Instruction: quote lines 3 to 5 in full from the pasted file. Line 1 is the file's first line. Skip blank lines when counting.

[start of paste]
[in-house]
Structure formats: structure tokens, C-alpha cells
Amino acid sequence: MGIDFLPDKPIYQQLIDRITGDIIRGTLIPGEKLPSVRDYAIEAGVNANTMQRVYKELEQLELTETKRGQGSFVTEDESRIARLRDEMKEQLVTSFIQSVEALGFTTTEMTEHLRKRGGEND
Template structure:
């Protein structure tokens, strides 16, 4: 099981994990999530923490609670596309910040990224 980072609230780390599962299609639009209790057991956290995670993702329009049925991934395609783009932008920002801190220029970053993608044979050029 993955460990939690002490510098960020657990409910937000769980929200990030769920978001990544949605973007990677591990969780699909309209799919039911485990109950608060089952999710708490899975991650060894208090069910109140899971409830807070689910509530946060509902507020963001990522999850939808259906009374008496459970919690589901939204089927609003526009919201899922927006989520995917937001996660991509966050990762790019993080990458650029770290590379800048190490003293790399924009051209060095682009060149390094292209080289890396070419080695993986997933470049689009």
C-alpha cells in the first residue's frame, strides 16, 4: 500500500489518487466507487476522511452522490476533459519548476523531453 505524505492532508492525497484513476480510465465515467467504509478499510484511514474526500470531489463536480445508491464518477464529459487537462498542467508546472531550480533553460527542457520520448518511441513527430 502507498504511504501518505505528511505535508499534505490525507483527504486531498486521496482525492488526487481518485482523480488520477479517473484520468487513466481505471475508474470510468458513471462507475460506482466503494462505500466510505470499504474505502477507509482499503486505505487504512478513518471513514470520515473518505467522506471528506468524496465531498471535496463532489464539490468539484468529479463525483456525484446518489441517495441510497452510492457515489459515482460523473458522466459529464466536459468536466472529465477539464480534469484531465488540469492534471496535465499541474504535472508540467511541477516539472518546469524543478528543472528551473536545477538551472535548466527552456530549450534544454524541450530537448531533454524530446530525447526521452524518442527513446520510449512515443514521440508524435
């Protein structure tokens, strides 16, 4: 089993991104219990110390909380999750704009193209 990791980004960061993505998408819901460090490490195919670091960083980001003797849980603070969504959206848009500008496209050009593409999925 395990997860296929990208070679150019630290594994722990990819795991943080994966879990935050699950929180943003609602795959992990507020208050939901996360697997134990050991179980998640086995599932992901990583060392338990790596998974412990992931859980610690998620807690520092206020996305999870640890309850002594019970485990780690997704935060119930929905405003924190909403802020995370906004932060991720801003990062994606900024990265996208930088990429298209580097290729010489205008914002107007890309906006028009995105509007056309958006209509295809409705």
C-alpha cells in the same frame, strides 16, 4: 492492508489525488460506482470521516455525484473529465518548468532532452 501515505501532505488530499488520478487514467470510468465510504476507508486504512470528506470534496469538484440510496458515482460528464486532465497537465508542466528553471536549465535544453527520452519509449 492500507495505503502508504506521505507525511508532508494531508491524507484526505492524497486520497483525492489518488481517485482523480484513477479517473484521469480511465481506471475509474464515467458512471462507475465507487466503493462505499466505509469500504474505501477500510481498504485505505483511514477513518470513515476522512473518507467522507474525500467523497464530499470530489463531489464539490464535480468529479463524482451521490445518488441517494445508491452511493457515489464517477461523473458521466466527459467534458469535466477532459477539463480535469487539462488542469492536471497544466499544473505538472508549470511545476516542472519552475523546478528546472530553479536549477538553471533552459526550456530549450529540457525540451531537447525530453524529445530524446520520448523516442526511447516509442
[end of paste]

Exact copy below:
Amino acid sequence: MGIDFLPDKPIYQQLIDRITGDIIRGTLIPGEKLPSVRDYAIEAGVNANTMQRVYKELEQLELTETKRGQGSFVTEDESRIARLRDEMKEQLVTSFIQSVEALGFTTTEMTEHLRKRGGEND
Template structure:
């Protein structure tokens, strides 16, 4: 099981994990999530923490609670596309910040990224 980072609230780390599962299609639009209790057991956290995670993702329009049925991934395609783009932008920002801190220029970053993608044979050029 993955460990939690002490510098960020657990409910937000769980929200990030769920978001990544949605973007990677591990969780699909309209799919039911485990109950608060089952999710708490899975991650060894208090069910109140899971409830807070689910509530946060509902507020963001990522999850939808259906009374008496459970919690589901939204089927609003526009919201899922927006989520995917937001996660991509966050990762790019993080990458650029770290590379800048190490003293790399924009051209060095682009060149390094292209080289890396070419080695993986997933470049689009």